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Vietnam War Essay

I think that the Vietnam War was justified as the Americans were trying to
help Vietnam becoming communist country and they though that communism was
a bad thing not realizing that the Vietnamese had it rough to start with.

It was just some of the thing that the Americans did that mad the war

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The war never just started the US just bleed more supplies in to the French
then some CIA to do some work then by 1961 he sent some Green Berets in and
by August 1964, he secured from Congress a functional (not actual)
declaration of war: the Tonkin Gulf Resolution. Then, in February and March
1965, Johnson authorized the sustained bombing, by U.S. aircraft, of
targets north of the 17th parallel, and on 8 March dispatched 3,500 Marines
to South Vietnam. Legal declaration or not, the United States was now at

The multiple starting dates for the war complicate efforts to describe the
causes of U.S. entry. The United States became involved in the war for a
number of reasons, and these evolved and shifted over time. Primarily,
every American president regarded the enemy in Vietnam–the Vietminh; its
1960s successor, the National Liberation Front (NLF); and the government of
North Vietnam, led by Ho Chi Min as agents of global communism. U.S.

policymakers, and most Americans, regarded communism as the antithesis of
all they held dear. Communists scorned democracy, violated human rights,
pursued military aggression, and created closed state economies that barely
traded with capitalist countries. Americans compared communism to a
contagious disease. If it took hold in one nation, U.S. policymakers
expected contiguous nations to fall to communism, too, as if nations were
dominoes lined up on end. In 1949, when the Communist Party came to power
in China, Washington feared that Vietnam would become the next Asian
domino. That was one reason for Truman’s 1950 decision to give aid to the
French who were fighting the Vietminh.

Truman also hoped that assisting the French in Vietnam would help to shore
up the developed, non-Communist nations, whose fates were in surprising
ways tied to the preservation of Vietnam and, given the domino theory, all
of Southeast Asia. Free world dominion over the region would provide
markets for Japan, rebuilding with American help after the Pacific War.

U.S. involvement in Vietnam reassured the British, who linked their post
war recovery to the revival of the rubber and tin industries in their
colony of Malaya, one of Vietnam’s neighbours. And with U.S. aid, the
French could concentrate on economic recovery at home, and could hope
ultimately to recall their Indochina officer corps to oversee the
rearmament of West Germany, a Cold War measure deemed essential by the
Americans. These ambitions formed a second set of reasons why the United
States became involved in Vietnam.

As presidents committed the United States to conflict bit by bit, many of
these ambitions were forgotten. Instead, inertia developed against
withdrawing from Vietnam. Washington believed that U.S. withdrawal would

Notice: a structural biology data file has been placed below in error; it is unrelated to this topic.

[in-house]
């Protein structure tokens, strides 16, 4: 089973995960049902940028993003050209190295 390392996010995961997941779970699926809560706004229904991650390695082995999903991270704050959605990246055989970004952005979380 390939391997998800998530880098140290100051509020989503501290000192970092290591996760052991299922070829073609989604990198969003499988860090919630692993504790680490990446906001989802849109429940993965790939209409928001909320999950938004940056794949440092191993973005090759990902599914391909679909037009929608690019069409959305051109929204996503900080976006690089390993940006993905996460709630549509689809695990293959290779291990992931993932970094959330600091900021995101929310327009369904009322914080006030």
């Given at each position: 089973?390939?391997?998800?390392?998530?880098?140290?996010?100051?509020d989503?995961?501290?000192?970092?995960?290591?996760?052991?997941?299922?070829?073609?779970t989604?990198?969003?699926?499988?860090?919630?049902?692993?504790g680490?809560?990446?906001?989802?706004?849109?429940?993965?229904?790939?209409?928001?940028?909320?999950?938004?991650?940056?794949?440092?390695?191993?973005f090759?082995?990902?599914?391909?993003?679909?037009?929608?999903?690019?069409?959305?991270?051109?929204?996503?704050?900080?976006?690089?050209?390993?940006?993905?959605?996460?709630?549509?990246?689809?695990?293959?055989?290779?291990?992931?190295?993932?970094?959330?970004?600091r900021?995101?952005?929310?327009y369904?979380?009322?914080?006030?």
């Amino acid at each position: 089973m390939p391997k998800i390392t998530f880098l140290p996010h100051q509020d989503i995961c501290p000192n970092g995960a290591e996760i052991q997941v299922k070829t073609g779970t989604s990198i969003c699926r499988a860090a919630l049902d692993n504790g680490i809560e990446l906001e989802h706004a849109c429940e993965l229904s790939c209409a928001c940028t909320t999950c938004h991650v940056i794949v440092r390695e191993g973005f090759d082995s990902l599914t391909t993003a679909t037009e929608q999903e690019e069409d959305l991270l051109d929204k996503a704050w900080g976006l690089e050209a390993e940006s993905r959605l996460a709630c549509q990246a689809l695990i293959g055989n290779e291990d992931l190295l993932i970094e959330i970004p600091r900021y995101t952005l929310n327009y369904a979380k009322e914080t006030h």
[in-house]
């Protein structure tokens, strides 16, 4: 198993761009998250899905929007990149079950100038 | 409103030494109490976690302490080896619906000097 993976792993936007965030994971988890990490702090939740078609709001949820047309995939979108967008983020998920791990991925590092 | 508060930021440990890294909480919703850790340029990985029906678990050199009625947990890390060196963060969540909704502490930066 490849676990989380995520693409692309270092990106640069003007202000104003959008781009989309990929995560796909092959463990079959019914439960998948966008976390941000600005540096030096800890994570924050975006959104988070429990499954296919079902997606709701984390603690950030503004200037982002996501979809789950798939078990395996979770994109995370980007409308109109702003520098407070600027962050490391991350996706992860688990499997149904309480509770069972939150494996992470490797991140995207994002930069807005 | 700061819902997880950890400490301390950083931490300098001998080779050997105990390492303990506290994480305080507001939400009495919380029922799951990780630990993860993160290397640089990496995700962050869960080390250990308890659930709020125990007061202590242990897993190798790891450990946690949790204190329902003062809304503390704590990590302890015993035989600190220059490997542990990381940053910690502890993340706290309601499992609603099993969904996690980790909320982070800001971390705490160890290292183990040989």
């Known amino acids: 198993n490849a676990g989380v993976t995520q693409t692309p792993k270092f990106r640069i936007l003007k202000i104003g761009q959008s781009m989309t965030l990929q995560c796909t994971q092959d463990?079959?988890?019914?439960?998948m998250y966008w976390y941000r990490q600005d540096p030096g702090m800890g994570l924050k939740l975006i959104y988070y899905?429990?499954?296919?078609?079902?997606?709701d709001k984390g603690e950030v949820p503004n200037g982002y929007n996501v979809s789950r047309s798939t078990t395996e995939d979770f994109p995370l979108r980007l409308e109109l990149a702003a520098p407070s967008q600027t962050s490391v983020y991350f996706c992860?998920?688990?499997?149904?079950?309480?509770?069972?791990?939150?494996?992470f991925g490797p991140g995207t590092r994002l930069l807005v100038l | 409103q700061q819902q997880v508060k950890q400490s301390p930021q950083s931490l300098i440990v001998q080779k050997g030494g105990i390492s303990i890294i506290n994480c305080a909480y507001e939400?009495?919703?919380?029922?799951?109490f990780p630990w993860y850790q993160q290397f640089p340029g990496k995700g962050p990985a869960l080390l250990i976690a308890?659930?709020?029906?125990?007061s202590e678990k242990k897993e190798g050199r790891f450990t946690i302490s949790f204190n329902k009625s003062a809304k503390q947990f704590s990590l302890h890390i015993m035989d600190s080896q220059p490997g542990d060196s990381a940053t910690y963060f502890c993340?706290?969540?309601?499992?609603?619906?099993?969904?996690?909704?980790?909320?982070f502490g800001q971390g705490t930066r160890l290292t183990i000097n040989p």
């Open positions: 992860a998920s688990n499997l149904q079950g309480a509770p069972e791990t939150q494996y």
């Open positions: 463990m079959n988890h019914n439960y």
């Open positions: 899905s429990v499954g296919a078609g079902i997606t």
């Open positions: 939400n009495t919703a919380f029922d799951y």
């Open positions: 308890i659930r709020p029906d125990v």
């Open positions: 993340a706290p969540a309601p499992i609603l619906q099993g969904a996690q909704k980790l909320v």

result in a Communist victory–Eisenhower acknowledged that, had elections
been held as scheduled in Vietnam in 1956, “Ho Chi Minh would have won 80%
of the vote”–and no U.S. president wanted to lose a country to communism.

Democrats in particular, like Kennedy and Johnson, feared a right-wing
backlash should they give up the fight; they remembered vividly the
accusatory tone of the Republicans’ 1950 question, “Who lost China?” The
commitment to Vietnam itself, passed from administration to administration,
took on validity aside from any rational basis it might once have had.

Truman, Eisenhower, and Kennedy all gave their word that the United States
would stand by its South Vietnamese allies. If the United States abandoned
the South Vietnamese, its word would be regarded as unreliable by other
governments, friendly or not. So U.S. credibility seemed at stake.

Along with the larger structural and ideological causes of the war in
Vietnam, the experience, personality, and temperament of each president
played a role in deepening the U.S. commitment. Dwight Eisenhower
restrained U.S. involvement because, having commanded troops in battle, he
doubted the United States could fight a land war in Southeast Asia. The
youthful John Kennedy, on the other hand, felt he had to prove his resolve
to the American people and his Communist adversaries, especially in the
aftermath of several foreign policy blunders early in his administration.

Lyndon Johnson saw the Vietnam War as a test of his mettle, as a Southerner
and as a man. He exhorted his soldiers to “nail the coonskin to the wall”
in Vietnam, likening victory to a successful hunting expedition.

When Johnson began bombing North Vietnam and sent the Marines to South
Vietnam in early 1965, he had every intention of fighting a limited war. He
and his advisers worried that too lavish a use of U.S. firepower might
prompt the Chinese to enter the conflict. It was not expected that the
North Vietnamese and the NLF would hold out long against the American
military. And yet U.S. policymakers never managed to fit military strategy
to U.S. goals in Vietnam. Massive bombing had little effect against a
decentralized economy like North Vietnam’s.

The Vietnam War was just as justified as the First World War; they didn’t
have to do anything about it, but they did. People thought that war was a
romantic and heroic thing to be involved in. It wasn’t until TV brought the
war into the lounge rooms of the Families that they started to see how
horrible war is.


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